United States District Court, N.D. Indiana, Fort Wayne Division
OPINION AND ORDER
Collins, United States Magistrate Judge
the Court is Plaintiff Andrew Banks's motion to recover
attorney's fees in the amount of $10, 393.00 under the
Equal Access to Justice Act (“EAJA”), 28 U.S.C.
§ 2412, together with supporting
documents. (DE 27; DE 28). Defendant Commissioner of
Social Security (“Commissioner”) opposes the
amount of Banks's fee request, arguing that: (1) the 54.7
hours billed by Banks's counsel in the district court
litigation were not reasonably expended; and (2) that counsel
should have calculated their hourly rates using the cost of
living adjustment for the geographic region where the case
was litigated, rather than the national rate. (DE 33). Banks
timely filed a reply brief (DE 34), and thus the motion is
ripe for ruling.
following reasons, Banks's motion for EAJA fees will be
Applicable Legal Standard
the EAJA, “[e]xcept as otherwise specifically provided
by statute, a court shall award to a prevailing party other
than the United States fees and other expenses . . . incurred
by that party in any civil action . . . brought by or against
the United States . . . unless the court finds that the
position of the United States was substantially justified . .
. .” 28 U.S.C. § 2412(d)(1)(A). Here, the
Commissioner does not raise a substantial justification
argument in response to Banks's fee request. Rather, the
Commissioner challenges the number of hours expended by
Banks's counsel in this litigation and the cost of living
index used by counsel when calculating their hourly rate. The
Court will address each of these arguments, in turn.
The Number of Attorney Hours Billed
as the fee applicant, bears the burden of proving that the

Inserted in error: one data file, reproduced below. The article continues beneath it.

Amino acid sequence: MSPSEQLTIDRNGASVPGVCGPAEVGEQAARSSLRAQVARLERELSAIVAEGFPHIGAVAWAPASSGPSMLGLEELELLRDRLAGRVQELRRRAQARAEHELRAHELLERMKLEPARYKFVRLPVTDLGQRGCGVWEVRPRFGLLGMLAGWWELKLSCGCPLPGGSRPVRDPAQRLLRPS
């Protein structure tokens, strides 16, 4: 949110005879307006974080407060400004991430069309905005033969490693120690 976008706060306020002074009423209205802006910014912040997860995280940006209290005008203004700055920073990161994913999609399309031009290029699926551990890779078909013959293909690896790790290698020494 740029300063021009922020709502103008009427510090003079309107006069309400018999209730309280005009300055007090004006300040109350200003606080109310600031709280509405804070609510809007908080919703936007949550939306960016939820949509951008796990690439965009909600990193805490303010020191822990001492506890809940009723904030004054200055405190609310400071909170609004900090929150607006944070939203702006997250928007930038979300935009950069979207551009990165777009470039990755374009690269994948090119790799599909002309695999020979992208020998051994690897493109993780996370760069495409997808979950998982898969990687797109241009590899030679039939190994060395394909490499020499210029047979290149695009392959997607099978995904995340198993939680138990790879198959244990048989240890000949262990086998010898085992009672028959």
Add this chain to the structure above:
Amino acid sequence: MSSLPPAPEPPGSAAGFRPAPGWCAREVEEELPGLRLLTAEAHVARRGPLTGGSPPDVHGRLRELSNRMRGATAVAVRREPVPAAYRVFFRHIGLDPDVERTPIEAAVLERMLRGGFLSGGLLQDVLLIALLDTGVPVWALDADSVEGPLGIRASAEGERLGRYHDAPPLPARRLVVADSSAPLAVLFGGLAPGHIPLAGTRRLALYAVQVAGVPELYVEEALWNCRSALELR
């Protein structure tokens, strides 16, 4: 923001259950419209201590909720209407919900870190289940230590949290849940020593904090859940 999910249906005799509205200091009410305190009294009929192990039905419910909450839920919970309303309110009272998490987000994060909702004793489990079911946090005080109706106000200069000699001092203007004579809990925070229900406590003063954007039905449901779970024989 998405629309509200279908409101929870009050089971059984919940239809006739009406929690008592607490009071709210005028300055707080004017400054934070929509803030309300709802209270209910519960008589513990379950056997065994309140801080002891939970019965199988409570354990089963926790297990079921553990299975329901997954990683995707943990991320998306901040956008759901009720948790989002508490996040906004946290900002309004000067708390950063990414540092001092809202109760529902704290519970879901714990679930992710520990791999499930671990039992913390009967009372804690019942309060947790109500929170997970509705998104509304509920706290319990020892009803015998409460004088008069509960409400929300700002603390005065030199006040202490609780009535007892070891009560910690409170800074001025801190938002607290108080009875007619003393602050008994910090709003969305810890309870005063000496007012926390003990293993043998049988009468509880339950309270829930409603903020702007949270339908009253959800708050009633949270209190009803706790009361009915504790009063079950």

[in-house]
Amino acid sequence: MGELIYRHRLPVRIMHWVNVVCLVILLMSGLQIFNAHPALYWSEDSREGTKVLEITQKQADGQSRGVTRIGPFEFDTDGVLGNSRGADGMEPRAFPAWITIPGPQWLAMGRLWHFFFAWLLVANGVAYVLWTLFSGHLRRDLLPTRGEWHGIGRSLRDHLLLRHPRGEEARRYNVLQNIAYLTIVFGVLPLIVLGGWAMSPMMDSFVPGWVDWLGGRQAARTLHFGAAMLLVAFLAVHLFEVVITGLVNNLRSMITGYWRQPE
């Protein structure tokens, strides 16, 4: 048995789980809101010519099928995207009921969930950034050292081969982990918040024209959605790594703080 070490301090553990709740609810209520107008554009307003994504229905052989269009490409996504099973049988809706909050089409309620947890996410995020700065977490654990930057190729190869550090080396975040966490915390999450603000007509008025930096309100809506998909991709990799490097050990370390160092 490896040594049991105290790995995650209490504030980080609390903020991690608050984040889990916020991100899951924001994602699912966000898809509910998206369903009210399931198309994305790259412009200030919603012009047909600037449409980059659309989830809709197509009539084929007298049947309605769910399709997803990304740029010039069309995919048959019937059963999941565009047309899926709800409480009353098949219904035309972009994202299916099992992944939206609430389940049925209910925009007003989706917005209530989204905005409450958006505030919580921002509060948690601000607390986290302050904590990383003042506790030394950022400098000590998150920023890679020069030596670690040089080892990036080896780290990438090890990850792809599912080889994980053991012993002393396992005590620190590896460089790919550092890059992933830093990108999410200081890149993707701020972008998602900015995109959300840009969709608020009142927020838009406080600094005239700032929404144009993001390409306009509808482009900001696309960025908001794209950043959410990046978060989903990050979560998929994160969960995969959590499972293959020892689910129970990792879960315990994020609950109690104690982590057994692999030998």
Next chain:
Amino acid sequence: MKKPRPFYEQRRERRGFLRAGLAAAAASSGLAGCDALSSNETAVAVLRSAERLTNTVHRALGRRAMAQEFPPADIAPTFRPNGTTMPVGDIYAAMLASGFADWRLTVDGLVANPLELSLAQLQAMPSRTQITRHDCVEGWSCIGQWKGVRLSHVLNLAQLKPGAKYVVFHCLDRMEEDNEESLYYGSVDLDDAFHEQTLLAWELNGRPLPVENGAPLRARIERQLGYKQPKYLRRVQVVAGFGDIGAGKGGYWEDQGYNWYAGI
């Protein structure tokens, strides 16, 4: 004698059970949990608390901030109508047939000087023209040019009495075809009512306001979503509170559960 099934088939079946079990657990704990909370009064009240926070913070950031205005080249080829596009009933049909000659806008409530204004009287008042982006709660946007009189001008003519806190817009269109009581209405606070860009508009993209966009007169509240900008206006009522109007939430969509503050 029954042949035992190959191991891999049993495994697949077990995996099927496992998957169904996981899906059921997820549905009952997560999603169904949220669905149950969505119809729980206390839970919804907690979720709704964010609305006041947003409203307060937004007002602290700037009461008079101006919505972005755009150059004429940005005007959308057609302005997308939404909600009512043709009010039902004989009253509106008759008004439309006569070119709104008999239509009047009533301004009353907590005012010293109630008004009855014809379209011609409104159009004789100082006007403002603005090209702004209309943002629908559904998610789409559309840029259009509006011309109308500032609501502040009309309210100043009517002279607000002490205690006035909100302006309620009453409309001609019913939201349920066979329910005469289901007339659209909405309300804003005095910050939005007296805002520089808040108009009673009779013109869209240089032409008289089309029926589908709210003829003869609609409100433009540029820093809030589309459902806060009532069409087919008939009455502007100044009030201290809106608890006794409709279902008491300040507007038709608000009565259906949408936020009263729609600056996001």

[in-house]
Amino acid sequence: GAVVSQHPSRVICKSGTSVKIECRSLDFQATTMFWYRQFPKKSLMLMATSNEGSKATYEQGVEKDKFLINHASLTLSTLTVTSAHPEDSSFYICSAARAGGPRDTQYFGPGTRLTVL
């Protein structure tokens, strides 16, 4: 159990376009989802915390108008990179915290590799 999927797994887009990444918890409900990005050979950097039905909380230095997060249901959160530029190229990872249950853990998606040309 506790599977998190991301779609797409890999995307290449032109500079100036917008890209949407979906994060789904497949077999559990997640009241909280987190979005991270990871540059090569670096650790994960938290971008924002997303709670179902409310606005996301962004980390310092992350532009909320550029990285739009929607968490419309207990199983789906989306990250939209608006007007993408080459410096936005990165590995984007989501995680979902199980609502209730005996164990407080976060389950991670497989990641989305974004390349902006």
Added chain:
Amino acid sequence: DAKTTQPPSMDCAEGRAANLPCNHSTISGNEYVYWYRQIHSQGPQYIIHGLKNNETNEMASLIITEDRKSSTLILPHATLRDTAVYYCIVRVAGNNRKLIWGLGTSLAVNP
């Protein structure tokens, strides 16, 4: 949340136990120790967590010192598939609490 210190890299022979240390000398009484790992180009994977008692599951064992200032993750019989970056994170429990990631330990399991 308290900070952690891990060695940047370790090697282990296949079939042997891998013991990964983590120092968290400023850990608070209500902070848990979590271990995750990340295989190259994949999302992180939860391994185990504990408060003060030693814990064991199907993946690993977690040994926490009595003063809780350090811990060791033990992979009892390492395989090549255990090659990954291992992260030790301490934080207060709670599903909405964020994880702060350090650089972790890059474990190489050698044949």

EAJA fees sought are reasonable. See 28 U.S.C.
§ 2412(d)(1)(B); Hensley v. Eckerhart, 461 U.S.
424, 437 (1983). Factors the Court should consider in
evaluating the reasonableness of a fee request are:
(1) the time and labor required; (2) the novelty and
difficulty of the questions; (3) the skill requisite to
perform the legal service properly; (4) the preclusion of
employment by the attorney due to acceptance of the case; (5)
the customary fee; (6) whether the fee is fixed or
contingent; (7) time limitations imposed by the client or the
circumstances; (8) the amount involved and the results
obtained; (9) the experience, reputation, and ability of the
attorneys; (10) the “undesirability” of the case;
(11) the nature and length of the professional relationship
with the client; and (12) awards in similar cases.
Hensley, 461 U.S. at 430 n.3.
that are not properly billed to one's client
also are not properly billed to one's adversary
pursuant to statutory authority.” Id. at 434
(citation omitted). “As a result, the prevailing party
should make a good-faith effort to exclude from a fee request
hours that are excessive, redundant, or otherwise
unnecessary.” Davenport v. Astrue, No.
2:07-CV-0064-PRC, 2008 WL 2691115, at *7 (N.D. Ind. July 3,
2008) (citing Hensley, 461 U.S. at 434). “The
amount of a fee award is left to the discretion of the
district court because of its ‘superior understanding
of the litigation and the desirability of avoiding frequent
appellate review of what essentially are factual
matters.'” Id. (quoting Hensley,
461 U.S. at 437).